Christmas mystery

On the horizon, shining like a supernova, is Christmas. My five-year old cannot wait for Santa to land his flying sleigh on our snow-covered rooftop and deliver a gigantic load of toys in our living room. Nevermind the minor fact that we rarely have a rooftop covered with snow, especially on Christmas Eve. And nevermind the glaring major fact that we do not include Santa in our celebrations.

I have no personal grudge against Santa Claus, but I also have no photographs of myself ever sitting on his lap, nor did he ever give me a present of any kind.

Santa is like someone else’s uncle. I admire him from afar, knowing that he is said to be a jolly, kind, bearded man, but he doesn’t come to our family gatherings because he’s not our relative. We just don’t do Santa.

Angels in the Outfield hd

That doesn’t stop my kids, though. Each of them have gone through the fervent-Santa-believer stage of Christmas wonderland. My daughter suspects Santa is not real–she’s five, but she has older siblings who cannot keep the truth of these matters to themselves. Because she teeters on the brink of focusing on Santa Claus and presents–lots and lots of presents–I have begun my annual Let’s Remember Whose Birthday Is Coming reminders.

Yesterday, as we drove along, I said to my daughter, “You know, Jesus’ birthday is coming. That’s why we celebrate Christmas.”

“What does Jesus look like?” she says. “Does he look like God?”

Huh. I say, “Well, probably. Sure. But no one really knows what God looks like.”

And she says, “Does God look like an old man?”

“Well, God doesn’t have a body,” I say to her, knowing that I sound like a lunatic.

She pauses.

“So,” she says, “God only has a head?”

And here is what I should have said: “Go ask your father.” But I was too busy biting my lip to keep from laughing.

11 thoughts on “Christmas mystery

  1. I love converstations with 5 years olds and this is possibly why I always end up teaching that age in Sunday school. Last week our lesson was on not worrying and giving our all to God. One little girl when I asked what she would do to get rid of her worries.. “Give my head to God”. Love it! Santa is highly overrated. My parents were anti-Santa in our Christian home after a certain age. She simply read us the story of the real St. Nick. Not that I ever understood completely why no Santa, but knowing there was a “REAL” santa named St. Nick helped us tremendously.


  2. I love conversations like that….I love the innocent questions of children, I really do. Cory was in a motorcycle accident Wednesday, my son said that Daddy was hit by flying gnomes…go figure. Minivan, flying gnomes…same thing right?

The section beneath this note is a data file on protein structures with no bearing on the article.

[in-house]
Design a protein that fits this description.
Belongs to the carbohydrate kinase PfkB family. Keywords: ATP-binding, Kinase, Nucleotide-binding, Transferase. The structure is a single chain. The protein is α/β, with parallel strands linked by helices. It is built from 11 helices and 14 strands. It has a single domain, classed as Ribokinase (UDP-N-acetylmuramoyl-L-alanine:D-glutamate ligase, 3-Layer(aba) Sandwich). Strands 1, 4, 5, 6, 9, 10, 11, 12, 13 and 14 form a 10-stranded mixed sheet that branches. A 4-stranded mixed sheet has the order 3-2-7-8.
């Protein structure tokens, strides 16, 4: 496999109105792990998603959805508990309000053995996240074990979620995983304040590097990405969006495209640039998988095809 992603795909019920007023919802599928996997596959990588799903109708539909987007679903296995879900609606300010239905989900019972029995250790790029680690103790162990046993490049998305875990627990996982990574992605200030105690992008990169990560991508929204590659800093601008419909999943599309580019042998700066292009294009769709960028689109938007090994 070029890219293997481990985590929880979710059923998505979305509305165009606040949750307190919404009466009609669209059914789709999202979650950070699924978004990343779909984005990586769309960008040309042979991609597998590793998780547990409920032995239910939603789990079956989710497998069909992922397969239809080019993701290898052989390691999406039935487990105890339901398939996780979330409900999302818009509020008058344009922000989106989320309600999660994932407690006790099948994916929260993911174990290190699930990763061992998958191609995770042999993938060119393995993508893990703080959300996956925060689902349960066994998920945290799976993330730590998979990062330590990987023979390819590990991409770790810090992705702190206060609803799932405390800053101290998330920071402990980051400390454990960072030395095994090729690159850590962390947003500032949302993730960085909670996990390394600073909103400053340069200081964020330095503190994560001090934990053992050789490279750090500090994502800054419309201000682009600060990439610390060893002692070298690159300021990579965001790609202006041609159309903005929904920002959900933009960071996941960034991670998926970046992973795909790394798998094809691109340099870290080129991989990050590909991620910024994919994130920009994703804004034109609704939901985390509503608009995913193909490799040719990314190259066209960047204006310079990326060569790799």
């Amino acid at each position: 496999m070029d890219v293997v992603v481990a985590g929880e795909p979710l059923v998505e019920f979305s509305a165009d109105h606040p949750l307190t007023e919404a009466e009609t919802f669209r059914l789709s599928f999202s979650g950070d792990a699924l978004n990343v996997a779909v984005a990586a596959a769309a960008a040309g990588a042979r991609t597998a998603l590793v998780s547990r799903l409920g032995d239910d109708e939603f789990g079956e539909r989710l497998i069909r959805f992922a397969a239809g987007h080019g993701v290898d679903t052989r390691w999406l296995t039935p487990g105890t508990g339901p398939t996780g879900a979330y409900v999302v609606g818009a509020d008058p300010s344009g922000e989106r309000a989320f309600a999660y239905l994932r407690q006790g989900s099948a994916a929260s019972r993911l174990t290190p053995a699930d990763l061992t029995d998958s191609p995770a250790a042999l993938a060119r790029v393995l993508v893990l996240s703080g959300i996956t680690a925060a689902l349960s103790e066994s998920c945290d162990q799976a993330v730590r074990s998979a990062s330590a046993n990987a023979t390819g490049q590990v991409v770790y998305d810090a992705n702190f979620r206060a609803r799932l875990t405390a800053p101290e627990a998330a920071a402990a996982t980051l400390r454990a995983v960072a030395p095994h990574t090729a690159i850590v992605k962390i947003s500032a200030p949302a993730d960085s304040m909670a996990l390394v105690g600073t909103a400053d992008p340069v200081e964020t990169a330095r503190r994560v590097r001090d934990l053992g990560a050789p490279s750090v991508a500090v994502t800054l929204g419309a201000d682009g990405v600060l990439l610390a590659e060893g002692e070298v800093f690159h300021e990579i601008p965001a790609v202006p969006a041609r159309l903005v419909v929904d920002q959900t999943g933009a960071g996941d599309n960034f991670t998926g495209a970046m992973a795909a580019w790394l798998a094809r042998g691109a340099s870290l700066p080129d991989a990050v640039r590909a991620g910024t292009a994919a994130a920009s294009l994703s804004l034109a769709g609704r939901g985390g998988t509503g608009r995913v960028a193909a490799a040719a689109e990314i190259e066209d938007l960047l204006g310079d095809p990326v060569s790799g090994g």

3. But He is a head of sorts.
    Head of His children
    Head of Creation
    Head of Heaven
    Head of eternal life
    Jesus, our brother leads us to Him, the head of our family.
    Kids do know without all the attachments we have “learned” about God our father.


  4. “Go ask your father.” Perfect. I’ve also used “That depends on who you ask.” It doesn’t work when they respond with, “I’m asking you, Mom.”


  5. You should have stuck with the “go ask your father” routine. I never did the santa thing with my kids. I couldn’t lie with a straight face. They would have known in a heartbeat that I was lying and I just couldn’t have that. So we told them from the beginning about Santa and not to spoil it for the kids who believed, but to just have fun knowing that they knew a secret.

    P.S. God doesn’t have a body?????


  6. Well, fer the luv o’Pete, Mel… the child is gonna have nightmares of God’s disembodied head now, floating around in space, like some bad original Star Trek rerun. This is why we laypeople have no business discussing these weighty issues — particularly when there’s someone living in your house who had to go to school and take a big test on such matters.

    I must say, though… isn’t it amazing how kids — especially below the age of, say, six or seven, have so little capacity for metaphore or hyperbole. It’s all so literal for them. I think it must be because they’ve only just fully mastered the language, and then we start throwing symbolism at them.

    I miss that. Mine’s nineteen. Now, the level of her wit and irony are comparable to mine. It’s like having dinner at the Algonquin.




  7. A few months ago, my 5-year-old daughter asked me, “Mama, does Jesus still have his powers up in heaven?” She’d been playing a lot of good guy/bad guy, magical powers types of pretend with her school friends (esp. the boys). I asked “what powers?”

    “You know, like when he made the little girl better. Does he still have his powers in heaven?” And of course I said yes.


  8. Ha ha ha! That’s what I used to think until I grew up, became a Mormon and believed differently. All I ever heard was God has no body, so I thought he was a giant Head. It didn’t help to hear God was the Head of our church! LOL! I love your daughter.


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